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Post #: 67
RE: Historical Details, Animation, and Sound - 9/7/2005 10:03:27 PM   
Froonp


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quote:

Does this include a menu option to shade the map to show what the Axis historically controlled at any time during the game? I know this job would involve a lot of research and data entry but that's what us wannabe beta-testers are here for.

This would be G.R.E.A.T

I'm not sure it would help, but I have the Objective timeline from ADG's 2000 Annual, who shows who controled which objective on any given turn.

There are 2 such files. One shows the Objectives historicaly held, the other shows the objectives the country should have (from the game's point of view).






Attachment (1)

< Message edited by Froonp -- 9/7/2005 10:11:01 PM >

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Post #: 68
RE: Historical Details, Animation, and Sound - 9/9/2005 8:47:45 AM   
geozero


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So many excellent suggestions...

It would be great if the game kept a log of major battles, etc. and losses, that you could later print. It's a geeky idea, but I always wanted to read how I played in the game. It;s better than going back to turn 27 saved game and replaying to see what alternate ending there might be.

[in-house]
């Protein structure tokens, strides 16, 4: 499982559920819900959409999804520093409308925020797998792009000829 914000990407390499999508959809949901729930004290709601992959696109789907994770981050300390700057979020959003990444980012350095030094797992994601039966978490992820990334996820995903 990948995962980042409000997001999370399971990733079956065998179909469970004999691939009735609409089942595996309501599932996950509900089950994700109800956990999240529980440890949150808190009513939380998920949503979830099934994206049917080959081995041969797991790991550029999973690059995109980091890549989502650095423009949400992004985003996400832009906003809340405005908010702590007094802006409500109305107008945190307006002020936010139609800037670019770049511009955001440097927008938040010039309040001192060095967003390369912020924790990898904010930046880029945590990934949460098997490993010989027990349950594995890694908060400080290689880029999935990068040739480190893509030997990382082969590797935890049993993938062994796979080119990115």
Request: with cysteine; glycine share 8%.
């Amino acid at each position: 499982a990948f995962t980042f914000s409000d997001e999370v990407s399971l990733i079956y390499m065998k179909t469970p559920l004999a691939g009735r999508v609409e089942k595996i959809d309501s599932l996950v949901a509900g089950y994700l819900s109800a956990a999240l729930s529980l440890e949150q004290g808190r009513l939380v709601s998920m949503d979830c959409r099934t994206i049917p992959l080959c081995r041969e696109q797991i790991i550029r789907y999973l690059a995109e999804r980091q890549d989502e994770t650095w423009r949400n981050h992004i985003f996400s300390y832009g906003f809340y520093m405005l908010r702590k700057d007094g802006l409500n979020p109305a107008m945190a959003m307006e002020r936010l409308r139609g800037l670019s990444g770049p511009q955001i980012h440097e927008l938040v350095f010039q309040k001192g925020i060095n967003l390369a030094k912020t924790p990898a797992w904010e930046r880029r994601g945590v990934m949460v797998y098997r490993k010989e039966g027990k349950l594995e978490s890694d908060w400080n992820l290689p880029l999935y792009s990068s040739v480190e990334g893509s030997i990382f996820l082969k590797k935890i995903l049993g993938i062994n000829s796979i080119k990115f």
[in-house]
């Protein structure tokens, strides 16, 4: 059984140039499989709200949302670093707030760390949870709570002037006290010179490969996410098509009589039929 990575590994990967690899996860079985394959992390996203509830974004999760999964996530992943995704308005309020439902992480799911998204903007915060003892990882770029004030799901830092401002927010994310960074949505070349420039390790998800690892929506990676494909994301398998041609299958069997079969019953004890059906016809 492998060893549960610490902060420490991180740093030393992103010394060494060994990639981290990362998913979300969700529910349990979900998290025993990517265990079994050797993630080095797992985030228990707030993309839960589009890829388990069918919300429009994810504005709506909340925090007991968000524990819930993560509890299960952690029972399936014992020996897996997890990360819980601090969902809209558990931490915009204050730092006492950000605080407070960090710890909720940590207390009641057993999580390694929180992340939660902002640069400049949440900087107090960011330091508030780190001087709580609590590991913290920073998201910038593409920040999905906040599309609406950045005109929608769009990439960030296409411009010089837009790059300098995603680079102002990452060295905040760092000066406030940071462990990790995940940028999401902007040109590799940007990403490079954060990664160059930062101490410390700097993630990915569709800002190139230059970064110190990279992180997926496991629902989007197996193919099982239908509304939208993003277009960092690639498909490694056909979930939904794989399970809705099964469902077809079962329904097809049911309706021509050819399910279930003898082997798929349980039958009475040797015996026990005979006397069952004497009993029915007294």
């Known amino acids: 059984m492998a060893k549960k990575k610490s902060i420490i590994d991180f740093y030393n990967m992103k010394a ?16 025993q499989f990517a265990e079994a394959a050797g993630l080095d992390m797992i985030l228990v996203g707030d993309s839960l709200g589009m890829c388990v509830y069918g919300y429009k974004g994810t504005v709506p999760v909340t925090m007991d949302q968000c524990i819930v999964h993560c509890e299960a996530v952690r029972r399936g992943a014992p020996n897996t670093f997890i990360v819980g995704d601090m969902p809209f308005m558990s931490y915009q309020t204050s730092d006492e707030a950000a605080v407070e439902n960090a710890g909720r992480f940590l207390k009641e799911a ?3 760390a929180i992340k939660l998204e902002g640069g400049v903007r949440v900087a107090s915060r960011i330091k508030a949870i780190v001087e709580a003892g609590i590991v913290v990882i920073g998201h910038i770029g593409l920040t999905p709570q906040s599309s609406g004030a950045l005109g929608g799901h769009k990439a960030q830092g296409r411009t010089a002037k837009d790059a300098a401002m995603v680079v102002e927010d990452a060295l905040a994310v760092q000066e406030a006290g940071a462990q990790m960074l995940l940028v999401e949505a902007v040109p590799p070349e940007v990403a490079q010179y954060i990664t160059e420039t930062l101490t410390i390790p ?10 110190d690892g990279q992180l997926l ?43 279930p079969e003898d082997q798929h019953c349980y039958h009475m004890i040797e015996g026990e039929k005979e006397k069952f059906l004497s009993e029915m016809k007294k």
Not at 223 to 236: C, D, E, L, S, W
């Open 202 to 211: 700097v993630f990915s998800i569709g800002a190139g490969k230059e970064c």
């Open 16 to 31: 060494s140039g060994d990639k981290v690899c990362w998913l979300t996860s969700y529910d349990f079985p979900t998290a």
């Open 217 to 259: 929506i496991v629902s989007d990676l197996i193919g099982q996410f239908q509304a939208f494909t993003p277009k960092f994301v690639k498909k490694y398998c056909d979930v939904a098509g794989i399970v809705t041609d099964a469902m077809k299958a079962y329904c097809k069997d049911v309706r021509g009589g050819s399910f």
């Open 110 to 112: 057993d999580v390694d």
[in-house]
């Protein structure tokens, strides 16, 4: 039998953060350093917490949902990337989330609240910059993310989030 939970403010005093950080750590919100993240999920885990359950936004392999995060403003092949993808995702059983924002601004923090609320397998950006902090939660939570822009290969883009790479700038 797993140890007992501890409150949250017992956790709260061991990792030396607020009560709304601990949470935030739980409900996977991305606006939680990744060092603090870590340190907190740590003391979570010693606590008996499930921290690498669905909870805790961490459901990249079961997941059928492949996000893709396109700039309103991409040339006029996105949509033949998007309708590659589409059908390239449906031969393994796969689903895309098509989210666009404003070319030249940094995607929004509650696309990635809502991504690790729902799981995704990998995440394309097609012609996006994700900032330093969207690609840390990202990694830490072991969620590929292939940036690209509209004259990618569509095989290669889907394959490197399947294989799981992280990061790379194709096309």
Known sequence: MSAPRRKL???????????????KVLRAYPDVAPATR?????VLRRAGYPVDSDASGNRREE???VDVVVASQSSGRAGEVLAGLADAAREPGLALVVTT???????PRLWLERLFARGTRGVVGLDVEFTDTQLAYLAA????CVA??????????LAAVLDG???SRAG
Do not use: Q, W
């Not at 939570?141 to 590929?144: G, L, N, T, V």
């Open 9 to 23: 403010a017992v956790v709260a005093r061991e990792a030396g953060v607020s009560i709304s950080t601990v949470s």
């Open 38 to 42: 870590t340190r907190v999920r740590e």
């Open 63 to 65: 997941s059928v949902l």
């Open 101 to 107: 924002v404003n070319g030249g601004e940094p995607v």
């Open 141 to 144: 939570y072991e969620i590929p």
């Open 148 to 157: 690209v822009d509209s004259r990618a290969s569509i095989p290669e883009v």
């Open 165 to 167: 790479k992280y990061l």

Games with too much repitition in graphics and sounds get boring. I usually turn all the sound off for that reason. I like to see sounds implemented that give you some feel for the battle (background battlefield explosions, etc), and as mentioned sounds specific to unit types, ie. battleships that sound different than subs, army troops marching when moving or battle sounds when they are in combat.

How about the ability to name your units? Much like Hearts of Iron, you can start with historical names, or modify them in-game to your preference.

I've got to dig out my old board game....

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RE: Historical Details, Animation, and Sound - 9/12/2005 7:45:16 PM   
Dreadnought


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Id like to hear the national anthems of countries entering war.

It would be nice to hear air-raid-warning-signals when someone bombs strategicly.

When Germans use their Railway-Gun a short historic movieclip of a gun preparing too fire could be intergarted too, but i am not sure about that.


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Post #: 70
RE: Historical Details, Animation, and Sound - 9/13/2005 12:21:46 AM   
Greyshaft


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One technique I've noticed in GG Battle of Britain is that the music sometimes fades out by itself and then after a number of minutes with no music it will launch into a stirring anthem just when the German bombers take off. Quite effective.

Don't ignore the occasional sound of silence.

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Post #: 71
RE: Historical Details, Animation, and Sound - 9/13/2005 3:36:39 AM   
Shannon V. OKeets